LEARN NC

K–12 teaching and learning · from the UNC School of Education

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  • Analyzing author style using sentence combining: This activity should be completed before reading the essay “Beach People, Mountain People” by Suzanne Britt. Students will combine three sets of kernel sentences based on the first paragraph of Britt's writing. They will then compare their sentences to Britt's. The class will discuss what sentence combining strategy or strategies they used and observe how Britt varies her sentences.
  • Story surgery: As early as first grade, children can begin to revise their stories using "Story Surgery." In this lesson, students learn how to use scissors to perform "story surgery" by cutting their stories apart at the point where more information can be added.
  • The very hungry teacher: After reading The Very Hungry Caterpillar by Eric Carle students will use the writing process to write their own version of a Very Hungry story. They will use a flow map for pre-writing. Students will write a rough draft that will be revised and edited with a partner and a teacher.

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Elementary

Appositive Action
Appositives are descriptive phrases, set off by commas, that modify a noun or noun phrase. Using appositives helps writers create sentences that are smoother and less choppy. In this lesson, students will learn to combine 2 or more descriptive sentences and action sentences into one sentence with an appositive phrase.
Awesome Action Words
Good writers use precise verbs to make stories interesting and vivid. In this lesson, students will learn to replace boring, redundant, generic verbs with more precise “Awesome Action Words.”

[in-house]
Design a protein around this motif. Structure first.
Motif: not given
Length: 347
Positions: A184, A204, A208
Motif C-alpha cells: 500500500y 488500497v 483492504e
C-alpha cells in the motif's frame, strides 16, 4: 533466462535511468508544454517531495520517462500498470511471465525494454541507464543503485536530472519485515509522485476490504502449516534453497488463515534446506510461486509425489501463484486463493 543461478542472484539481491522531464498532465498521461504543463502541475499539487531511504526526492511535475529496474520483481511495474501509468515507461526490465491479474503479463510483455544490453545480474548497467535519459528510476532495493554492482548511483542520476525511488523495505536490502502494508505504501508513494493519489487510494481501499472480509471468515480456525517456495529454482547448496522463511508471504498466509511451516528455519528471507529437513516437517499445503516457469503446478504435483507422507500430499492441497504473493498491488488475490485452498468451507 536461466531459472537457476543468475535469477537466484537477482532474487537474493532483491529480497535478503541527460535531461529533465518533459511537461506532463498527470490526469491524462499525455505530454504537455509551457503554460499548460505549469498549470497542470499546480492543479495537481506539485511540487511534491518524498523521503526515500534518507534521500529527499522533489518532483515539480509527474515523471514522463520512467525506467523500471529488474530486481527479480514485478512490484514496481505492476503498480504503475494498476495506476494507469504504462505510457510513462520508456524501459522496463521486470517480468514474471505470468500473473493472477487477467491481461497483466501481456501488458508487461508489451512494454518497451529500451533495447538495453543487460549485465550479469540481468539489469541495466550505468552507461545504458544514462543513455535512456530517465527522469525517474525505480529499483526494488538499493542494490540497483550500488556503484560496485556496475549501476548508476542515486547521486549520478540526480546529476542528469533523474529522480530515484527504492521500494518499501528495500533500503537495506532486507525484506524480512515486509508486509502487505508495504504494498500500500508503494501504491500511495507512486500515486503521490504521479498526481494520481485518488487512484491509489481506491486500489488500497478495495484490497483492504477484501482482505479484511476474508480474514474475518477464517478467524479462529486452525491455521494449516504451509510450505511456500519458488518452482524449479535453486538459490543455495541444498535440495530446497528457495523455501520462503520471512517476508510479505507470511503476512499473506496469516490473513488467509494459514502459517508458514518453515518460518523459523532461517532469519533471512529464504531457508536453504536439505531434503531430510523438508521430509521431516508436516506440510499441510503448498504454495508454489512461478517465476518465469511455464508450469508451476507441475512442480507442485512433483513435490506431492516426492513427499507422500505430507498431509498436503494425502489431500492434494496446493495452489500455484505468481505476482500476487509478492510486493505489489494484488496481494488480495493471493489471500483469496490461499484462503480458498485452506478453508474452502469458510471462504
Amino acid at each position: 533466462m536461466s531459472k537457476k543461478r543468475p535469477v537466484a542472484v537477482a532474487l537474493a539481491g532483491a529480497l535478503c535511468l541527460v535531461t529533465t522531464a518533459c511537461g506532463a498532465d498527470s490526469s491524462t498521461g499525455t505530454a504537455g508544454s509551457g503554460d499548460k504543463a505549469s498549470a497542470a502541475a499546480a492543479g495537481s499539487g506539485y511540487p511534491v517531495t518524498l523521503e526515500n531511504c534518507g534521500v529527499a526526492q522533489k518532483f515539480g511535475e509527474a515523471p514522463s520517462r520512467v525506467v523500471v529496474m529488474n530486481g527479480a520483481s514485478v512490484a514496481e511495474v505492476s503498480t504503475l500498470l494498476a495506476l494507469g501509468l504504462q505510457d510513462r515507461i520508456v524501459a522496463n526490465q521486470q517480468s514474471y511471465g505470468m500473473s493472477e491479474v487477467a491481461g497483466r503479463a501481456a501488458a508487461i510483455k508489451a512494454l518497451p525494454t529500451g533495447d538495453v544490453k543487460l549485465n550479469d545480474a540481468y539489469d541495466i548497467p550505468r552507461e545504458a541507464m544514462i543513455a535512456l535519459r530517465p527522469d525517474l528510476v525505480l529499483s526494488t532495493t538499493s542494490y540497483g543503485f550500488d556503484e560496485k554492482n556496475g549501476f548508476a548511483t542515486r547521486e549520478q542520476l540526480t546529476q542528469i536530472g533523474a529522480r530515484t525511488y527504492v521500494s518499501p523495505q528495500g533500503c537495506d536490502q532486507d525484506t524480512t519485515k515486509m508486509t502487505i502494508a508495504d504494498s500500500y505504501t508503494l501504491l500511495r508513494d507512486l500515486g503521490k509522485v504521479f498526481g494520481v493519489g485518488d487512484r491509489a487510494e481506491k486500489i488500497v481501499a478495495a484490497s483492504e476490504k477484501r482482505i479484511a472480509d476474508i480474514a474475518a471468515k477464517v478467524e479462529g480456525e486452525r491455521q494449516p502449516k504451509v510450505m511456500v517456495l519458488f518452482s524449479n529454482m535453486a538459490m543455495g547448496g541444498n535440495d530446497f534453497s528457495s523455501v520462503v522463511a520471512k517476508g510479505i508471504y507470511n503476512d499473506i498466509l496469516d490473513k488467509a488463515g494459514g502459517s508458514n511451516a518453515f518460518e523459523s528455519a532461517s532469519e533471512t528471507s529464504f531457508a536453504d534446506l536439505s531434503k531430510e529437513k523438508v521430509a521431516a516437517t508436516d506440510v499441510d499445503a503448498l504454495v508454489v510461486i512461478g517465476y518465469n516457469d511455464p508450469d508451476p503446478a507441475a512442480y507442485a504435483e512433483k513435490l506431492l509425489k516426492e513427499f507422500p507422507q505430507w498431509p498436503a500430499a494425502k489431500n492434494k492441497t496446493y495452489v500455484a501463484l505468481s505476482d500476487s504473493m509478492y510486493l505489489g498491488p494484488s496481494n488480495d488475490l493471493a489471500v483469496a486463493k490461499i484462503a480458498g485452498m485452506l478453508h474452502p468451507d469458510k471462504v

Discovering Just the Right Word
Precise word choice helps show the reader a story and not just tell a story. The purpose of this series of lessons is to help students improve their writing style by strengthening word choice at the word and sentence level by adding adverbs, precise verbs, and specific nouns.
Sentence Combining
This lesson is designed for students who write short choppy sentences. Students will learn to combine short choppy sentences that develop their ideas and involve the reader in the action of the story.
Synonym Word Bags
The purpose of Word Bags is to give students a resource for finding synonyms for overused words that they use in their writing on a daily basis. Students will fill Word Bags with synonyms for frequently used words.
Word Closet
Word Closets give students an additional classroom resource for “researching” the correct spelling of words to use in their daily writing. Word Closets are particularly focused toward concept words, season words, and favorite words that students like to use in their writing but may need help with spelling.

Secondary

Analyzing Author Style Using Sentence Combining
This activity should be completed before reading the essay “Beach People, Mountain People” by Suzanne Britt. Students will combine three sets of kernel sentences based on the first paragraph of Britt’s writing. They will then compare their sentences to Britt’s. The class will discuss what sentence combining strategy or strategies they used and observe how Britt varies her sentences.
Diction in Maya Angelou’s poem, “Remembering”
The class will annotate and discuss Angelou’s poem. Then they will select specific words and complete a webbing that asks them to explore the connotations of the word as well as consider the author’s purpose in using it.
Sentence Combining and Decombining
Students will focus on stylistic choices and sentence fluency by combining, decombining, and recombining sentences in professional writing, peer writing, and their own writing.
Teaching voice
This lesson helps students to develop an effective voice by selecting words that are clear, concrete, and exact. Exercises are based on model sentences from world literature selections.
Mountain Dialect: Reading between the spoken lines
This lesson plan uses Chapter 13 of Our Southern Highlanders (available online) as a jumping-off point to help students achieve social studies and English language arts objectives while developing an appreciation of the uniqueness of regional speech patterns, the complexities of ethnographic encounter, and the need to interrogate primary sources carefully to identify potential biases and misinformation in them. Historical content includes American slavery, the turn-of-the-century, and the Great Depression.